Seeing the Rest of Prague
PRAGUE, CZECH REPUBLIC. It had been snowing hard the second day that we were in Prague. Actually, it was snowing hard then in most parts of Europe. Our tour guide said that Stuttgart even reached -38 during the early part of the morning. Good thing we were not anymore in Germany by that time!
We continued our morning tour coming from the Hradcany district of Prague going to the Old Town.
The Old Town Square is where you can find the third oldest astronomical clock in the world. It was installed in 1410 and amazingly, it is still working up until now. People constantly flock into this part of the square just to have a glimpse of the details of the clock. That day was no exception as we ended up squeezing ourselves in just to get a clearer and nearer view of the clock.
What details I loved most were the four figures flanking on both sides of the clock. These figures represent those things that the people despised during those times when the clock was being constructed. The man holding a mirror represents Vanity, the miser holding a bag of gold represents Greed, the skeleton signifies Death while the Turk holding a musical instrument represents Pleasure. Every hour the skeleton rings the bell in which the other three follow by shaking their heads side to side, as if saying that they are still not ready to go.
After which we walked towards Dlouhá street to see the naked woman made in stainless steel and walked furthermore to the right on the way to Masná to escape the -5 deg temp outside as well as devour some yummy seafood dishes at Blue Fjord. After our lunch, we again did a walking marathon, this time in search for a department store where we could buy some leather boots for my mom. Because of the slippery and sometimes snow-filled pathways that we found ourselves in, my mom's boots ended up to be soaking wet. We found Palladium in Náměstí Republiky and we did some needed pitstop shopping before we could go out again and explore Prague. The boots, gloves, scarves in H&M were so cheap that we ended up buying most of our needed supplementary stuffs there to last us through the whole trip!
We went out again and set to try and ride the metro. We had a slightly hard time buying tickets for the metro. For one, they only sell 3-day tickets through their counters found in the train station while their ticketing machines only sell out tickets good for 30 minute and 90 minute-rides. We later found out that their 24-hour passes are being sold in convenience stores or tobacco shops found near the stations. The ticket costed us about CZK 110 each (approx. Php 200) and it allowed us 24-hour unlimited use of their metro and trams upon ticket validation. I recommend this if you want to go the distance and set yourself apart from the touristy throngs that flock the equally touristy parts of the cities. This is actually your pass to seeing more and exploring more of the more unknown parts of Prague.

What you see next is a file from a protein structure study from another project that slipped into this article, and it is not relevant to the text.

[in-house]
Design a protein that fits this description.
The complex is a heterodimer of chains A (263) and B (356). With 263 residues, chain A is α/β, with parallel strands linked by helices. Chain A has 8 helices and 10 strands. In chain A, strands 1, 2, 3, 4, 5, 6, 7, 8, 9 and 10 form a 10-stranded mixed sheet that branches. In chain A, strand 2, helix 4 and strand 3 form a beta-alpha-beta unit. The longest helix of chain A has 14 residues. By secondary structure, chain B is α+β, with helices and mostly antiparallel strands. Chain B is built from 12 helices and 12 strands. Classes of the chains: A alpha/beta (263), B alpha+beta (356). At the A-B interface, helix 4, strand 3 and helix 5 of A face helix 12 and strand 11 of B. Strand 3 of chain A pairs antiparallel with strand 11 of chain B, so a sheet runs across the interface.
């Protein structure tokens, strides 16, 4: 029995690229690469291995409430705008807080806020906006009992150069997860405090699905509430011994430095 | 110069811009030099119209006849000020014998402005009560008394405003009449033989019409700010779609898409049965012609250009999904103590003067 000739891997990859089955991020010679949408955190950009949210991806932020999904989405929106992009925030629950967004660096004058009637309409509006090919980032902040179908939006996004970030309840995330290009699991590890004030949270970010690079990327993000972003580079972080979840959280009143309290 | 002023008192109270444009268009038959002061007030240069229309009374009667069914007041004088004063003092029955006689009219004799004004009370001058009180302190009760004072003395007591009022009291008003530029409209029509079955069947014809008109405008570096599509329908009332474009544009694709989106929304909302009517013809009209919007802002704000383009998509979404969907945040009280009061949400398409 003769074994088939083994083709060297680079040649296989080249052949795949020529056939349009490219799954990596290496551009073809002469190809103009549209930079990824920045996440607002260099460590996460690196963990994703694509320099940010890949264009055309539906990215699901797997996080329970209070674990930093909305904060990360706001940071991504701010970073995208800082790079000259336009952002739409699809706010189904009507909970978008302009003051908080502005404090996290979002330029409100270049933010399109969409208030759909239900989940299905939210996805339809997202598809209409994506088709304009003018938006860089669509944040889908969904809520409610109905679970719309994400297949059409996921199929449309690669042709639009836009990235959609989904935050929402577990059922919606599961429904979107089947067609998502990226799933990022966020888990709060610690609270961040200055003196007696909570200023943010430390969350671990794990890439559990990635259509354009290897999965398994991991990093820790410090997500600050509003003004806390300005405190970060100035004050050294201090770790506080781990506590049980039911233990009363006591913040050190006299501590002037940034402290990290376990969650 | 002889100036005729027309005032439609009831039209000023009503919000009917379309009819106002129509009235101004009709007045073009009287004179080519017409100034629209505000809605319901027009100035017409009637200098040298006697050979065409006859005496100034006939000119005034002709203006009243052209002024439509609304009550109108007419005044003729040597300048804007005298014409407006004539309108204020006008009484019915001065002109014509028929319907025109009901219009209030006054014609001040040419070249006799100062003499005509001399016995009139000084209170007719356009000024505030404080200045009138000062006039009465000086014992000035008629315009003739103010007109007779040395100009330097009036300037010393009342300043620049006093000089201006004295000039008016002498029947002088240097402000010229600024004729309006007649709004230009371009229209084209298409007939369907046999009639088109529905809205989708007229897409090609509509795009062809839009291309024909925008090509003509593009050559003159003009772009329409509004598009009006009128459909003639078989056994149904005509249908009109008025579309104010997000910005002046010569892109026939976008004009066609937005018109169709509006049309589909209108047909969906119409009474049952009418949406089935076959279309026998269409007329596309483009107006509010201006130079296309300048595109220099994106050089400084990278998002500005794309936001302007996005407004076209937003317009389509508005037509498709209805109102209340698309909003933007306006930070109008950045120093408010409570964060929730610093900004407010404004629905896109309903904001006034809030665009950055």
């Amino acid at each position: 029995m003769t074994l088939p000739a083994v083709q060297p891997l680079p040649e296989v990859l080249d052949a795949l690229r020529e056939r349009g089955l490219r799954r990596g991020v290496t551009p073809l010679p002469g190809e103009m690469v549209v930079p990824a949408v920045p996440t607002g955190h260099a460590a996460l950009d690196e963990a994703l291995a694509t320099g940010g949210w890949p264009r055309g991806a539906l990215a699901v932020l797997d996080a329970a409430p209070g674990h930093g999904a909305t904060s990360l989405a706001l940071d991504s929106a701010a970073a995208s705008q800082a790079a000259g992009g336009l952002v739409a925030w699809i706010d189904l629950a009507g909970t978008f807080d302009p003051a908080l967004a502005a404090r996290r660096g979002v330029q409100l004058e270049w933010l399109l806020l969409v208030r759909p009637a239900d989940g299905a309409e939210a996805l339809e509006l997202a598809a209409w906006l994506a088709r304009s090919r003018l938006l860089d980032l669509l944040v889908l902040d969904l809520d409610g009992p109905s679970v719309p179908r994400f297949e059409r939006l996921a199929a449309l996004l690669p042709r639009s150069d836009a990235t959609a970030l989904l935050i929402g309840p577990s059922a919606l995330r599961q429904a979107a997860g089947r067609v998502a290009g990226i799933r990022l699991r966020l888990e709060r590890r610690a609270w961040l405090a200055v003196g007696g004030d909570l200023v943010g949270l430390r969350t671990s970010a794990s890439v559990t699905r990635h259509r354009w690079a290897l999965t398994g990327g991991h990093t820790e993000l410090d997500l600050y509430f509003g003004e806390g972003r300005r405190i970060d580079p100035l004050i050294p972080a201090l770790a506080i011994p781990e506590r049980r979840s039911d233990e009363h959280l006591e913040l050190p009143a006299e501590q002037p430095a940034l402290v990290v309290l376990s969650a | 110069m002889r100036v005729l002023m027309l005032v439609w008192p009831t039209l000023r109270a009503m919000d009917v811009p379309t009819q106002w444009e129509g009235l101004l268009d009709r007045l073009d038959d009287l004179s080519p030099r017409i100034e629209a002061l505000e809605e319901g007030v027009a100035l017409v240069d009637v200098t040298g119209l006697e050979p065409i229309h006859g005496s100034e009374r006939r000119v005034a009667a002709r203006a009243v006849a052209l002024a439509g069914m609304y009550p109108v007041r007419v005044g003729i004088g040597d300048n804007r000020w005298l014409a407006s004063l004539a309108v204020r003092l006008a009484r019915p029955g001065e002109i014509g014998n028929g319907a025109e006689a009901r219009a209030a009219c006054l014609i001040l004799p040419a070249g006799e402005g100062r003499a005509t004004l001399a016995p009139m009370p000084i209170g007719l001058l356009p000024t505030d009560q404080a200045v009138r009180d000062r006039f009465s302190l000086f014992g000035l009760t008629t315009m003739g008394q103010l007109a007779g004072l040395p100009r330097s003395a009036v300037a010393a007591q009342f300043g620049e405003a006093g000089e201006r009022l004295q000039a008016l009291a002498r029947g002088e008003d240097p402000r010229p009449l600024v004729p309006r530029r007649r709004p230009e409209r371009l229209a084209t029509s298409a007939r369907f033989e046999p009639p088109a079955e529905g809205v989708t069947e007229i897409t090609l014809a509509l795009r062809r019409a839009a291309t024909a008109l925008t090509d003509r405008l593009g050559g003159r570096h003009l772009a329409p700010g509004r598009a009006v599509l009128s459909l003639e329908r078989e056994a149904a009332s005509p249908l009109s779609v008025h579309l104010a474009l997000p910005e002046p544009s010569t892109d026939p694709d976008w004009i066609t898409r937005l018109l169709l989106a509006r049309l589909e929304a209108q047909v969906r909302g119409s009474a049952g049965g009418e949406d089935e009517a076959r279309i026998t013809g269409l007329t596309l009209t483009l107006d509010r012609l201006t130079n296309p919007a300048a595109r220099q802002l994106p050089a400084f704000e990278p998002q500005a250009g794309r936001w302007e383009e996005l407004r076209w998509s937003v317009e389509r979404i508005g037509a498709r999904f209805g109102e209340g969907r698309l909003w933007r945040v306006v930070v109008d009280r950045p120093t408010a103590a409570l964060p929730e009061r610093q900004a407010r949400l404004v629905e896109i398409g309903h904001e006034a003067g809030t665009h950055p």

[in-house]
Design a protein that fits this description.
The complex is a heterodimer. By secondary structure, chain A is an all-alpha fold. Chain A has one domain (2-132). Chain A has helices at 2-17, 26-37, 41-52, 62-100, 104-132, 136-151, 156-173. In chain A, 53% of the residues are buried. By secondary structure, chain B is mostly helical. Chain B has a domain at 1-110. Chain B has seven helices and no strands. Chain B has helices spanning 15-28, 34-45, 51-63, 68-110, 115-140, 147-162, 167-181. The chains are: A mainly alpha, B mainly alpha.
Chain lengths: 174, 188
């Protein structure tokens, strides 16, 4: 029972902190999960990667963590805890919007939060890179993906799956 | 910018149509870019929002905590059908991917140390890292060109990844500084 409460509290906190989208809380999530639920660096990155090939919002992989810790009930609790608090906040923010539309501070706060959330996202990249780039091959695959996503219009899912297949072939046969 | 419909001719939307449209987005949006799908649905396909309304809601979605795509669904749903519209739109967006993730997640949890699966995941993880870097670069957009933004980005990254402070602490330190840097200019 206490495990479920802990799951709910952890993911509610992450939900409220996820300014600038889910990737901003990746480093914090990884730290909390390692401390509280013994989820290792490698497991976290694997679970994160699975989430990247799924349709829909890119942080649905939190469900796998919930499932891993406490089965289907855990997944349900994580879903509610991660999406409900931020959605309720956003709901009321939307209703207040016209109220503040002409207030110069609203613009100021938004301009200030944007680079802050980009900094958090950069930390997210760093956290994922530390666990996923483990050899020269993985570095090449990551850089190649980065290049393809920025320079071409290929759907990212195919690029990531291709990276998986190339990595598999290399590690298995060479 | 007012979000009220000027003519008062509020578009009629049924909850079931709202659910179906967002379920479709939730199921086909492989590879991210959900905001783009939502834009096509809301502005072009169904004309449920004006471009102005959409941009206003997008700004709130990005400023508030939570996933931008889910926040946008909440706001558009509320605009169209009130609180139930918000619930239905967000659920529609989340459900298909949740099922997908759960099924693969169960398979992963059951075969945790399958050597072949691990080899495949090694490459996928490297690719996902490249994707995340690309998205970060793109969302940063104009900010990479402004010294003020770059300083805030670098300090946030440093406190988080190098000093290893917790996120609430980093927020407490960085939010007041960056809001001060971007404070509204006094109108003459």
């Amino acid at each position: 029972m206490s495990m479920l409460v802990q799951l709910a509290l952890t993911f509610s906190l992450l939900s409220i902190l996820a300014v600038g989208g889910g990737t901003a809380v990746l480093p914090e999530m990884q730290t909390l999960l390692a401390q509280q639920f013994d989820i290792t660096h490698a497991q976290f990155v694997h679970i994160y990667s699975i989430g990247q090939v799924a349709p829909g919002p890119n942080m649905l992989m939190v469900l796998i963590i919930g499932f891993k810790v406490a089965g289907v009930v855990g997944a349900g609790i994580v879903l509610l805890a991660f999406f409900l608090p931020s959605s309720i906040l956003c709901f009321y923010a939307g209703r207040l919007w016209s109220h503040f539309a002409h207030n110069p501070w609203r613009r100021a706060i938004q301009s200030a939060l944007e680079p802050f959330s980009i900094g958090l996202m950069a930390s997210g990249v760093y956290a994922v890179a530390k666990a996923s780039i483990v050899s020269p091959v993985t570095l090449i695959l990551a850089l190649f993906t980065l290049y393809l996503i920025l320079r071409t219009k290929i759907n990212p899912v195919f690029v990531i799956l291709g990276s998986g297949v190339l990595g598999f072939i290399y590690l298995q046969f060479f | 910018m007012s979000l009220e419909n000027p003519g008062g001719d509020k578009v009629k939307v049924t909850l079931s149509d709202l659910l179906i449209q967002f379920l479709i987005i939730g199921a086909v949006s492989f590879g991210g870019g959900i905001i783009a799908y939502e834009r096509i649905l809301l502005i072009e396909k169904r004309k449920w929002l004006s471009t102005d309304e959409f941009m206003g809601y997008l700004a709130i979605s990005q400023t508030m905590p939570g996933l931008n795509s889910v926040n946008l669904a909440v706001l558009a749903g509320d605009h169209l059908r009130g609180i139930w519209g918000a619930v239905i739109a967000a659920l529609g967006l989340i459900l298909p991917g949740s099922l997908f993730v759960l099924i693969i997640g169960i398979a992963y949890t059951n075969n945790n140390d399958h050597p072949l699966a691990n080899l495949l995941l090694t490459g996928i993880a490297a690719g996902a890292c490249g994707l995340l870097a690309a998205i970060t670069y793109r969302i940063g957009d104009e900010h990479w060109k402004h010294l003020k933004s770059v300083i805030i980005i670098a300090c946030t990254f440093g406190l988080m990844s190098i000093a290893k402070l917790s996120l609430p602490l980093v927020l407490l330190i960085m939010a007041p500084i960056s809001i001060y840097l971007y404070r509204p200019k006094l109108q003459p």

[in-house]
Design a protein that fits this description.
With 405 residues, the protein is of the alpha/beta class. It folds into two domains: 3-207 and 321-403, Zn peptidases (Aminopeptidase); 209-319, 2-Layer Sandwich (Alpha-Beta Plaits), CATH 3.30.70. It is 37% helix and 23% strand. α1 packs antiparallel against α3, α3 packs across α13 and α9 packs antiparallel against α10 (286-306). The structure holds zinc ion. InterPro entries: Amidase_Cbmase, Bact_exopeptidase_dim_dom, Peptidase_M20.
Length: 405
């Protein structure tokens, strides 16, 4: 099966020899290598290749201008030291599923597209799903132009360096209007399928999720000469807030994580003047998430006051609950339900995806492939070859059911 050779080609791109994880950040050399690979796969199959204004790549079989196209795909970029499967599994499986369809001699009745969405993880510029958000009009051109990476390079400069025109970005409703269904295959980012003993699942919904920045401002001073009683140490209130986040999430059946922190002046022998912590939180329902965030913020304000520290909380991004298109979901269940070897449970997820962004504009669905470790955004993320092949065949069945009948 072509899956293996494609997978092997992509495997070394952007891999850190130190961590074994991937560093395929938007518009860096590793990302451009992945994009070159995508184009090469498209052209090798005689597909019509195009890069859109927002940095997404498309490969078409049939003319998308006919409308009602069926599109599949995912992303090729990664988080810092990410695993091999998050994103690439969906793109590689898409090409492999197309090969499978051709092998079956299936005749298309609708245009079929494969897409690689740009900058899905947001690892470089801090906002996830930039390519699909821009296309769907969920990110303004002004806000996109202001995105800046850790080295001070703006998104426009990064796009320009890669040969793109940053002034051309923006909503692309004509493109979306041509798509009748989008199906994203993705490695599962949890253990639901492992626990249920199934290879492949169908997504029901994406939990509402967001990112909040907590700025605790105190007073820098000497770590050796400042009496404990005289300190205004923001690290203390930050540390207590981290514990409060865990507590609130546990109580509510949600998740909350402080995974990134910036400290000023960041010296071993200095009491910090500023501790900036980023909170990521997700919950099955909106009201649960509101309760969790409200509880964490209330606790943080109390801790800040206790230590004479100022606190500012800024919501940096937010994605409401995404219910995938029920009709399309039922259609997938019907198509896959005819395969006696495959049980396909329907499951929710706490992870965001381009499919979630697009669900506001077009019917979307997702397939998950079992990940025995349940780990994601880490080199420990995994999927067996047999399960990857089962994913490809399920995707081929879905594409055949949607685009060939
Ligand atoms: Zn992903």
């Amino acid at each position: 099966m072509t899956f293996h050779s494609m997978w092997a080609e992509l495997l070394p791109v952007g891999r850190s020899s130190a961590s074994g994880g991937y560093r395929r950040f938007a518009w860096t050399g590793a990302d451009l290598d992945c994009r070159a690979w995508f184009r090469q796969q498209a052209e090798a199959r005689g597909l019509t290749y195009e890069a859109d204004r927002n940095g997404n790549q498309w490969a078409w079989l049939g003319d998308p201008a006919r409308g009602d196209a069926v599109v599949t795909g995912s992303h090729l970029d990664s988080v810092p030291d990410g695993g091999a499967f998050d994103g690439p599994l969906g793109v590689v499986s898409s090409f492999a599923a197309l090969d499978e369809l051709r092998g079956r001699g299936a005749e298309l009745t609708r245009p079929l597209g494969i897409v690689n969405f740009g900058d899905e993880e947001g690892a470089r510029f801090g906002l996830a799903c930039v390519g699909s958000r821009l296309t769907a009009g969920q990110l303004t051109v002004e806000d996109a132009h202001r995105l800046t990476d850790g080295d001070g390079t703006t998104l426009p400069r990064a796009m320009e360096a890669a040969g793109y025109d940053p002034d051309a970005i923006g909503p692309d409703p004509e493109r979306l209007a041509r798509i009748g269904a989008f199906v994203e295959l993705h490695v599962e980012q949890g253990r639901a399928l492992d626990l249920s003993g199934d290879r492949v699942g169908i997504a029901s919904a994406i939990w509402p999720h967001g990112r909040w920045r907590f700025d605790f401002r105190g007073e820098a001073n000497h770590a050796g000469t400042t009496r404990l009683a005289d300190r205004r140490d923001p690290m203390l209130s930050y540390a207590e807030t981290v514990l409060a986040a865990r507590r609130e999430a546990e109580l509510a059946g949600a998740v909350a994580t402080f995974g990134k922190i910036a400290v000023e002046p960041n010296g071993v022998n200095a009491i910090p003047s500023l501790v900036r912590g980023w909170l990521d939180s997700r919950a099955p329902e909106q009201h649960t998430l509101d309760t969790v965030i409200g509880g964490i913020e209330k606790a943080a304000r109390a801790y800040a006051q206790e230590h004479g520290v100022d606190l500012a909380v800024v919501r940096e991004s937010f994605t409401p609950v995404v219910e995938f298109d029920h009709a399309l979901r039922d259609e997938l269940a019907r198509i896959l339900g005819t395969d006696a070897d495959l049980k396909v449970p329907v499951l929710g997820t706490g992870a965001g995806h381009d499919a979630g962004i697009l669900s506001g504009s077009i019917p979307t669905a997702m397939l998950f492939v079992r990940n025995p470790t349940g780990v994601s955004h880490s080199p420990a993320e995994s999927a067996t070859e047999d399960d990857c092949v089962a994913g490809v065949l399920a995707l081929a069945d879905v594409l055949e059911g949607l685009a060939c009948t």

The most interesting thing that you will see from the Prague metro is its unusual depth. Because of the soil characteristics of the land, they were forced to dig the tunnels so deep as to still accommodate an underground metro for Prague. The deepest station is Náměstí Míru, located 52 meters below the ground. I have read somewhere that these metro tunnels could also double as a bomb shelter if in case bombs start falling off from the sky. And this is only a part of the larger bunker system that is sprawling beneath the city. The whole system can easily hold 40% of Prague's inhabitants and is composed of hundreds upon hundreds of concrete bunkers with electricity, water and ventilation systems. Now, that's awesome!
We alighted at Karlovo Náměstí to see the Dancing House. The Dancing House was crookedly lovely in its own fantastic way but I think I will just save the pictures in another post that I will make featuring the arts and lovely structures we had seen during our Prague exploration. Until then!